Correction: MasterPro Automotive Paint Stripper. I had it left over from stripping the hood and fenders. In other news, I picked up a set of full steel doors from a friend. I'll do a test fit with them to see how well they fit the Replitub and if they're a good fit I'll paint them to match the body and sell the crappy two piece soft doors that came with the new top. The steelies are in better shape than the originals I sold for more money so I'll still come out ahead. Can't wait to find the time and motivation to really make some headway on the project.
The Jeep had been put on hold for a little bit, but finally I'm back at it (slowly but surely). The wiper linkages were cleaned up, lubricated and installed in the new windshield frame along with the new seal. I like the look of the 2 ribs on the frame, though not period correct. While test fitting the frame before paint it fit satisfactorily to the body, though it was a very snug fit. It'll be a scary task bolting it up now and I'll be sure to use plenty of tape to protect the paint. That will have to wait until I can get a helping hand. In the meantime, I'm making final choices on upholstery colors and having new BFG's mounted to the rims on Wednesday.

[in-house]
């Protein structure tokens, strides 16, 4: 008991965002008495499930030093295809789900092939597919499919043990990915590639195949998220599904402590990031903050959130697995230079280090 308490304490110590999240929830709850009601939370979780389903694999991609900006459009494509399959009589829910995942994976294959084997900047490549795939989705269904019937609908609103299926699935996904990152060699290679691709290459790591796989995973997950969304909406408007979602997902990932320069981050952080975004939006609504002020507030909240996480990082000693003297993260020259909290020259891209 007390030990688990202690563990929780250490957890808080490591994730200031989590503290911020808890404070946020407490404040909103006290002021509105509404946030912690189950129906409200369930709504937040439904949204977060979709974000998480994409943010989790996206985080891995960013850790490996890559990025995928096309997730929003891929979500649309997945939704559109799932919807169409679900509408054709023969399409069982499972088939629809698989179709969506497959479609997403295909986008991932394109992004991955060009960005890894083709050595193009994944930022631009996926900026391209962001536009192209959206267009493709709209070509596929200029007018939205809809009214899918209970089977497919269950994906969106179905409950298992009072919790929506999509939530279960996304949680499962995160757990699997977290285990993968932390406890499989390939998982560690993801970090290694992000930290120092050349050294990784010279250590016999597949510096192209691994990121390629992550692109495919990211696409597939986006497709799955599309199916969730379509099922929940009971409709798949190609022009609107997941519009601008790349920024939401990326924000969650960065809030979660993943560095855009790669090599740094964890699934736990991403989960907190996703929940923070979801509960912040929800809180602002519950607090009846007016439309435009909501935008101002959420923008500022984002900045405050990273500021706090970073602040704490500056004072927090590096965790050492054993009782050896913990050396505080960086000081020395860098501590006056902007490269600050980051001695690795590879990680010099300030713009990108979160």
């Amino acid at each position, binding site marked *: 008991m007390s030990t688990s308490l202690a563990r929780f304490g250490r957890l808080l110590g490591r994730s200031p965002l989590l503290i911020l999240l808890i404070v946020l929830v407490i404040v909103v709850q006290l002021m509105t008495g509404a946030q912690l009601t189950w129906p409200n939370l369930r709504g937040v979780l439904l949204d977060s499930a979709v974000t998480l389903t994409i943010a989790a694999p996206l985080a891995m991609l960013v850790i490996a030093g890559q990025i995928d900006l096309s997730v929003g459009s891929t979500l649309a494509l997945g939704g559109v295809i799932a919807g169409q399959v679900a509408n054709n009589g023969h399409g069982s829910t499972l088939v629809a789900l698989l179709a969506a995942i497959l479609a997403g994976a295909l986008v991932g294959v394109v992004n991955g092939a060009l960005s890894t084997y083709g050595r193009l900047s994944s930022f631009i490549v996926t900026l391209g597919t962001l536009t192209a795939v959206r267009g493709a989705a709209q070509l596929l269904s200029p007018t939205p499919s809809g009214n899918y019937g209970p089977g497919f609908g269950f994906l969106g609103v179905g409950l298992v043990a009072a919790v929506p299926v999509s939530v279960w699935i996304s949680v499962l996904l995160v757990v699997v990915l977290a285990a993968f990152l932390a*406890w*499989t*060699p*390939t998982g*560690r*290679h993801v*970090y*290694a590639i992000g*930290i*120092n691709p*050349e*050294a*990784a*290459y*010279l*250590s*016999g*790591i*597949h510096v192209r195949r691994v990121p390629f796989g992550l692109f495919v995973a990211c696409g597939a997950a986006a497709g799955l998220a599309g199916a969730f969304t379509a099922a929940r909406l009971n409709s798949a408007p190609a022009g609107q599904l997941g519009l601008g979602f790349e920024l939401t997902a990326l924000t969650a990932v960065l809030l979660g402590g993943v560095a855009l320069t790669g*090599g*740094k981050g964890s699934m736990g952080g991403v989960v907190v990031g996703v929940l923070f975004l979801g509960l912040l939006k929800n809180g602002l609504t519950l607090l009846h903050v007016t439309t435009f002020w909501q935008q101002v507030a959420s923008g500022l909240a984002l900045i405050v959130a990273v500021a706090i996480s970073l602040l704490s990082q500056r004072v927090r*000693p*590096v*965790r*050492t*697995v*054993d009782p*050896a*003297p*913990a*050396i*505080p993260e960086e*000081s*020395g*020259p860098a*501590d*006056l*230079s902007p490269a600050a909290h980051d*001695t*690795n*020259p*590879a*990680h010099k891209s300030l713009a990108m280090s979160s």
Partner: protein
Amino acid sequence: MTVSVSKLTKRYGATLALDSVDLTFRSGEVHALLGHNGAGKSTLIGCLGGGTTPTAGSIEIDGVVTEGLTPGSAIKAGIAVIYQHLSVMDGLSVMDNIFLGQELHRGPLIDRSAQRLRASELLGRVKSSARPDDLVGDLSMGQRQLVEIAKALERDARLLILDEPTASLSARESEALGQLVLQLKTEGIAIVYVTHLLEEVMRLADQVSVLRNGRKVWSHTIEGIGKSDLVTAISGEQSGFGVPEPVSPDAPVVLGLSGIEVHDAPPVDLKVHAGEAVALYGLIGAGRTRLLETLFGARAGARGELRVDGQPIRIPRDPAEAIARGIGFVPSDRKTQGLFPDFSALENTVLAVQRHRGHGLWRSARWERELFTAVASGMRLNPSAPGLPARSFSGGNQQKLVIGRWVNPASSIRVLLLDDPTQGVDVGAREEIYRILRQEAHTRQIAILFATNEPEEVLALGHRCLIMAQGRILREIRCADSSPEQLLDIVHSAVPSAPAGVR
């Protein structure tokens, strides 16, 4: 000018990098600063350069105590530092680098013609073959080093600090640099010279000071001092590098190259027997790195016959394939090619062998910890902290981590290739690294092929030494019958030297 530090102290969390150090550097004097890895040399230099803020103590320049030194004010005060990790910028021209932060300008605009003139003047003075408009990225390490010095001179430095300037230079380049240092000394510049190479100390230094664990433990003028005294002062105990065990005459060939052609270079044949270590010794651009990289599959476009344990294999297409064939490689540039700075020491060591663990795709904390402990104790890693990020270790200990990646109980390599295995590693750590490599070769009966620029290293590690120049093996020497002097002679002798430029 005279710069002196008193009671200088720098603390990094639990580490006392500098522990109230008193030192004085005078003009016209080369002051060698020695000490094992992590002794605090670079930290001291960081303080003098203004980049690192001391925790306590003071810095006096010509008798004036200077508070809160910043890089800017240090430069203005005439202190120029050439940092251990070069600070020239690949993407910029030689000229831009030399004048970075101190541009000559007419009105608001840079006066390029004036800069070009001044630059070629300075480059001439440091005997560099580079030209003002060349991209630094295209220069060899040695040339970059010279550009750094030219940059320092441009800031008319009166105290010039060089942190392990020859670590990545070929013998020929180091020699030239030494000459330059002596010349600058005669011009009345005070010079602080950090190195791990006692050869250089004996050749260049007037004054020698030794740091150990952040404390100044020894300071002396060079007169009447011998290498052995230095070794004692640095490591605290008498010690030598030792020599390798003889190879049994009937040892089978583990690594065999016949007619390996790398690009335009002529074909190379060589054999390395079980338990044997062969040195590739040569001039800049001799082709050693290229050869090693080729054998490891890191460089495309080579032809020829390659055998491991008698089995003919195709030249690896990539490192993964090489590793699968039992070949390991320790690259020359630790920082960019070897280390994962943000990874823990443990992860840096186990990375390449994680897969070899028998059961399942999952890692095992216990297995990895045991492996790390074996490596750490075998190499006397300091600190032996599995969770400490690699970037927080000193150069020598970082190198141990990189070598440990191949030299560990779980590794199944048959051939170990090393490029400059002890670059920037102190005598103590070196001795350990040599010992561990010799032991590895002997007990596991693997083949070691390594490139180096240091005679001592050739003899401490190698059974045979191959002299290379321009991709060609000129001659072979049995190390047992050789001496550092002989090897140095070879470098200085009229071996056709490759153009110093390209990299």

The windshield frame is bolted loosely to the body. Still waiting for the proper bolts to be painted before it can be permanently attached. The new 31" BFGs have been mounted the the OEM wheels. Next up: front rotors, pads and calipers before mounting the wheels. Oh, and polishing 25 lug nuts!
Finished up the rear brakes and mounted the tires back on. While I love the OEM Laredo wheels and they did clean up pretty well, they just don't pass muster compared to the rest of the project. They'll do for now, but I'm gonna have to replace them or rechrome them at some point. Moving on the the front- I can't mount those until I install new rotors. On the CJ7 the rotor and hub are mounted as one so to replace the rotors it's a complete disassembly. Mot a bad plan anyway as it gives me a chance to replace any needed items like wheel bearings, etc. Oddly, everything is in great shape, at least on the passenger side. I've got a little more cleaning to do and some painting before I button everything back up on that side. Here's the proper layout of all the parts after being cleaned.